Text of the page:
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A sign hangs outside the entrance to Nelson Dining Hall, one of the two dining halls on OU's campus.

OU Culinary expands budget to accommodate demand

During the 2022 Fall Semester, Ohio University’s Culinary Services supplied over 800 more residential meal plans to students than it did during the 2021 Fall Semester. 

The end of the meal plan refund period was at the close of the fifth week of the Fall Semester. After the drop date, Culinary Services reported that it provided for over 7,100 residential meal plans. Last year, it had to supply food and services to fulfill 6,300 residential meal plans.

Culinary’s original budget plan, which was created during the spring of this year, accounted for an expected 3,852 incoming freshman students; however, there were 4,441 incoming freshman students, and as a result OU’s largest-ever freshman class increased the demand of Culinary’s food supply and the services offered by its employees.

To accommodate the flow of students in Boyd Dining Hall and Nelson Dining Hall, Frank Pazzanese, the executive director of Culinary Services, said employees underwent extensive training prior to the start of the semester and strategies for moving people through the halls efficiently was discussed. 

“Both dining halls have two checkers on either end; really anything that you can think of to disperse lines or slow lines down, we've done that too,” Pazzanese said. “We even practiced during (Bobcat Student Orientation). We had close to 300 parents come through … we were timing them and how quickly people would go through lines.”

Although hiring student employees for positions at any of Culinary’s locations was difficult last year, Pazzanese said a number of employees were hired at its job fair in July to accommodate the influx of students with meal plans. 

“We did hire at that time 42 employees, now we have lost some since then but we do have still a significant amount of employees,” Pazzanese said. “It went down and that's just the culture we're in now, the times we are in now. We've done everything. We're pulling out all kinds of stops to try to hire, not only our union employees, but also students.”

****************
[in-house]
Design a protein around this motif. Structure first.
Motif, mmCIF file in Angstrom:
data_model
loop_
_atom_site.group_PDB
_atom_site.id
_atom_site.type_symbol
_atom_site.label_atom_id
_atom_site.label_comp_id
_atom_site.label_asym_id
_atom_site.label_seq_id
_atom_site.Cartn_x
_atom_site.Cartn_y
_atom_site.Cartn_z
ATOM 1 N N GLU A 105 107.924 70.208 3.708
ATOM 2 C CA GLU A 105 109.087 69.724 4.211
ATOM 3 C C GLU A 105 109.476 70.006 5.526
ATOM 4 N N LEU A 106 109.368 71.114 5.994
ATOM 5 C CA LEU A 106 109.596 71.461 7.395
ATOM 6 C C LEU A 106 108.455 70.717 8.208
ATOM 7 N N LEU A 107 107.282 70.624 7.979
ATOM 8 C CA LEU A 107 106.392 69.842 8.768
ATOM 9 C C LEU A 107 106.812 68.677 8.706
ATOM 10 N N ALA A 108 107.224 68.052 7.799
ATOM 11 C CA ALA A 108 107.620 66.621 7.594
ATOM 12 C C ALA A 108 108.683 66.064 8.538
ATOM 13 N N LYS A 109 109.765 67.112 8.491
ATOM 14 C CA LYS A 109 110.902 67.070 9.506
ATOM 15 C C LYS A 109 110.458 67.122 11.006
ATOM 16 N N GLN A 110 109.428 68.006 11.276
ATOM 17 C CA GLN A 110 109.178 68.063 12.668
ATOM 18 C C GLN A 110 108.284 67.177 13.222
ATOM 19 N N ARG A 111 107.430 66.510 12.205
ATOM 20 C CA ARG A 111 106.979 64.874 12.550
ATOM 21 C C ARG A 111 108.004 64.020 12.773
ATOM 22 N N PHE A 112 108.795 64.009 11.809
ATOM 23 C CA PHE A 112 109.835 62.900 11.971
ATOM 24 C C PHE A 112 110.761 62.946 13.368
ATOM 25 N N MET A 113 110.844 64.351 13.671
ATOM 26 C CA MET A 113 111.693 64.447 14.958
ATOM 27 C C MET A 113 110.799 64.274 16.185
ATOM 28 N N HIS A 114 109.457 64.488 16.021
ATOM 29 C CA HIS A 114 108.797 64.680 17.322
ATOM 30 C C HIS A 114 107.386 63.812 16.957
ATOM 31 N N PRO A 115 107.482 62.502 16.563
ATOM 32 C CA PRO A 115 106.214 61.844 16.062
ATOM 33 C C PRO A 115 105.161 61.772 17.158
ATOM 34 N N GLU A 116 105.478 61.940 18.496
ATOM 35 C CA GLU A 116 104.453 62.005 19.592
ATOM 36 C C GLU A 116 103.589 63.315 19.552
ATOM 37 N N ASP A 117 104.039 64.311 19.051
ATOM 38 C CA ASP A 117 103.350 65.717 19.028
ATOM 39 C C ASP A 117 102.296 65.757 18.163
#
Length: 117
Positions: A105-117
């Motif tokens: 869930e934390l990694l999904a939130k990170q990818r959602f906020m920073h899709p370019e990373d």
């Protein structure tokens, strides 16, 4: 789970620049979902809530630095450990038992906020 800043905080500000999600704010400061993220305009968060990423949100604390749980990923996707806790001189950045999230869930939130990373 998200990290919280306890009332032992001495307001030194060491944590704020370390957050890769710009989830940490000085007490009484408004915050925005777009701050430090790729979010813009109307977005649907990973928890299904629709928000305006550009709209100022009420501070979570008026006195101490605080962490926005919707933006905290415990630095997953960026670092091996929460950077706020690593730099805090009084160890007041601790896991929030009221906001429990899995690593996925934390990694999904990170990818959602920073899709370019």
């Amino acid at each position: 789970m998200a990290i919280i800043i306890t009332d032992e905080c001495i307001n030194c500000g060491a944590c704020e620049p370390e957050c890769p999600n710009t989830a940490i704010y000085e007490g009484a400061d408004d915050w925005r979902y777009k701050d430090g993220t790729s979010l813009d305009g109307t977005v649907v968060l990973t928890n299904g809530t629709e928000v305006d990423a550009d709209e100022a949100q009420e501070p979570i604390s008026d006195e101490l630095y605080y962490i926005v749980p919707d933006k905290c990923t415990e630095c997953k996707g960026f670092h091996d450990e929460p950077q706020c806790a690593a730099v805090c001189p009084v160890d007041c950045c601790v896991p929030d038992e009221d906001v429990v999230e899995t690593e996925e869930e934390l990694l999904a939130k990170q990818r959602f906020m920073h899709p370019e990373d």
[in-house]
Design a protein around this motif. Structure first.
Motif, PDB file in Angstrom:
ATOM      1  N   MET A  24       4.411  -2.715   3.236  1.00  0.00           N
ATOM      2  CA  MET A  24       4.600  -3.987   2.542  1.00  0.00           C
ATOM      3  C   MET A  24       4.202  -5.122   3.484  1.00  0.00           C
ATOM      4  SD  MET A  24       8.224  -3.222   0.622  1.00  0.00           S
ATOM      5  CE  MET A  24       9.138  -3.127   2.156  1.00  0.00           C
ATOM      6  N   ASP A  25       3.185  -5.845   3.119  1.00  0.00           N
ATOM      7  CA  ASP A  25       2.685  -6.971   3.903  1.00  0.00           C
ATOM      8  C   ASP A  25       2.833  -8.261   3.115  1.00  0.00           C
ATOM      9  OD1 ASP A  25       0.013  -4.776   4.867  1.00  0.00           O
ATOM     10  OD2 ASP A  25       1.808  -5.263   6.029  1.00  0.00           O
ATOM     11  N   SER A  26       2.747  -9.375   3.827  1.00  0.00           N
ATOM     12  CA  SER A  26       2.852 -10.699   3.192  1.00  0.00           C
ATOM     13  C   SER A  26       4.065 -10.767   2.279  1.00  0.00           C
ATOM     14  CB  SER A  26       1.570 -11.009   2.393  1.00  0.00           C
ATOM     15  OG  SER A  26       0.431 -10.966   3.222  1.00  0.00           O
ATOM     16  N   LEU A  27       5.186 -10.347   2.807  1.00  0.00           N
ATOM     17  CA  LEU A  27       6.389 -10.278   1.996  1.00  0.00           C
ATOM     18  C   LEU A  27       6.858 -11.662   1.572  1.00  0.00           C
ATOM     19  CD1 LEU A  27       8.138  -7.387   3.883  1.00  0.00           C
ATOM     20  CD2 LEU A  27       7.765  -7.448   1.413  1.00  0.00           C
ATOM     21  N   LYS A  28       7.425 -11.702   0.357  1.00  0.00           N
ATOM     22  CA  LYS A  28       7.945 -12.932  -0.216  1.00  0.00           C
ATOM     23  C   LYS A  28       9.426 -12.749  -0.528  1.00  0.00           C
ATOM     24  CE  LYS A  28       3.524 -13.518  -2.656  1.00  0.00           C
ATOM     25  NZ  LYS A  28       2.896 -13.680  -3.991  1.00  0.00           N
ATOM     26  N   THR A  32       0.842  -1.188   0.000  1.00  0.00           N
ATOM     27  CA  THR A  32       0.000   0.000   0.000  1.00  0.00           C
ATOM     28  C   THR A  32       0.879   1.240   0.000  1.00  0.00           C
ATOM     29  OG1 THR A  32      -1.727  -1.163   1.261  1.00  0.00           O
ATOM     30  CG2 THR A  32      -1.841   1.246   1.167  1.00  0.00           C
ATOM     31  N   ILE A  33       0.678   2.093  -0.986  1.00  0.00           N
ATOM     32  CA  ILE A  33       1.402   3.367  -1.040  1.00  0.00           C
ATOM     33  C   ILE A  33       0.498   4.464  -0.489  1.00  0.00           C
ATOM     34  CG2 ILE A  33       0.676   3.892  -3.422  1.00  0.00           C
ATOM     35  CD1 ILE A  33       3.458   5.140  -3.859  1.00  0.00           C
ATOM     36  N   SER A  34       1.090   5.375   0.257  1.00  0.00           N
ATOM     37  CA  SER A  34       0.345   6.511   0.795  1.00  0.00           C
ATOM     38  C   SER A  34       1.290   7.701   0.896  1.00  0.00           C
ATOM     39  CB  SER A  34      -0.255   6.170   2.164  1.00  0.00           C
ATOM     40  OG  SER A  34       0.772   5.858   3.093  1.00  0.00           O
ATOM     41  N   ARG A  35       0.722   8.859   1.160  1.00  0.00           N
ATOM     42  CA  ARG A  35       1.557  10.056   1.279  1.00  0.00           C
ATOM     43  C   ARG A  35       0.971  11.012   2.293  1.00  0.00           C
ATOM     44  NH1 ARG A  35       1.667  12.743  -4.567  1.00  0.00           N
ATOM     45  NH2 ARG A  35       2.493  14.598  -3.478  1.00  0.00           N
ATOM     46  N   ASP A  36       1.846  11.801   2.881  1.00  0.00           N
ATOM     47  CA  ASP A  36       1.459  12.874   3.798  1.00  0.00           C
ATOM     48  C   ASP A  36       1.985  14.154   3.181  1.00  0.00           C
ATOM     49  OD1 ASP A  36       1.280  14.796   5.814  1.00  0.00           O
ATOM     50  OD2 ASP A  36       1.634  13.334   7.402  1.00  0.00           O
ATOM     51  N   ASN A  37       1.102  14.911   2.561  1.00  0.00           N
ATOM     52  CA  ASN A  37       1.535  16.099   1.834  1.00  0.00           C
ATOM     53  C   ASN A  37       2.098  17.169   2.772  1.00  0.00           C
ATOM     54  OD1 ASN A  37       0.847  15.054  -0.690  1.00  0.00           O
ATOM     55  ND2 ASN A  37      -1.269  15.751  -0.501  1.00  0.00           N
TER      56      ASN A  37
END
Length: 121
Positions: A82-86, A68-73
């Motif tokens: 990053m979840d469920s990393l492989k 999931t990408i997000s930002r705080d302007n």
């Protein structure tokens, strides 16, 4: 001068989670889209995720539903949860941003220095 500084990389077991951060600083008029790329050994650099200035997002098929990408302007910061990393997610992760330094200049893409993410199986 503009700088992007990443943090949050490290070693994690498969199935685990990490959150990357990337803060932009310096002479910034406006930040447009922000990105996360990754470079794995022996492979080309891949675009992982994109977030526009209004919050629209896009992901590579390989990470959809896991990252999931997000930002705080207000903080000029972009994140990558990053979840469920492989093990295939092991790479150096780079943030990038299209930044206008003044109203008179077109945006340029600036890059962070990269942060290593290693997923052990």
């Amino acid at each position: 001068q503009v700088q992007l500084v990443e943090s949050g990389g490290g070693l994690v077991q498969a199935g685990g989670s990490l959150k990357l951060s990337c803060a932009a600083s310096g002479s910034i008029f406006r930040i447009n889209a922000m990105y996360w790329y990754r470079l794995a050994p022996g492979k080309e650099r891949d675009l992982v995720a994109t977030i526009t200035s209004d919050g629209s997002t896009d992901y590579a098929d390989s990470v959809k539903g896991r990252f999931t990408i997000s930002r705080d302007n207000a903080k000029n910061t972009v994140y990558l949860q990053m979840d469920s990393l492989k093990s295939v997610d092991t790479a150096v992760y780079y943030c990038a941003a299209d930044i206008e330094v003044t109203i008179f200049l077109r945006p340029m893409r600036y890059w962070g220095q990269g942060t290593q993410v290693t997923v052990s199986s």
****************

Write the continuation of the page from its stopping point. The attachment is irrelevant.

Rather than set a strict limit for the amount of money Culinary is able to spend on food items, it operates using a percentage of its total revenue. Currently, Culinary spends between 25% to 30% of its total revenue on food expenditures. The percentage could amount to $12 million or more based on its expected total revenue of more than $40 million during the fiscal year, which began in July and will continue throughout June 30, 2023. 

The utilization of the flexible percentage budget has allowed Culinary to counteract the cost of inflation of necessary items, Pazzanese said.

“We are experiencing significant inflationary costs around food, food equipment, beverage, paper, fuel, everything that we labor, everything that we need in order to deliver the services that we have committed to our students,” Gwyn Scott, associate vice president for auxiliaries, said.

To receive quality food for an amount within its budget, Pazzanese said Culinary meets regularly with the companies it purchases food from to alter its contracts or to switch suppliers. Its largest suppliers are U.S. Foods, Gordon Foods and Produce One. 

Angie Bohyer, the registered dietician and nutrition educator for Culinary said she has had more students utilize her services than they have in the past. The majority of requests she receives are due to students’ food allergies.

“One of the most common that I have seen this year is celiac, and five years ago, people were not eating celiac because maybe they wanted to lose weight, or maybe we thought it was a trend; we don't really know why we didn't want to eat gluten,” Bohyer said. “Now, we've really seen a big increase with celiac disease and/or gluten intolerance, and there's also been an increase, by my numbers because I do keep track, in dairy allergy.”

Despite the initiatives Culinary has taken to improve its services, Pazzanese said he plans to constantly reevaluate the efficiency of the dining halls and make improvements if needed.

“We're always going to continue to do a ‘360 reveal’ and find something,” Pazzanese said. “We'll make some changes for next semester based on what we've seen this semester.”


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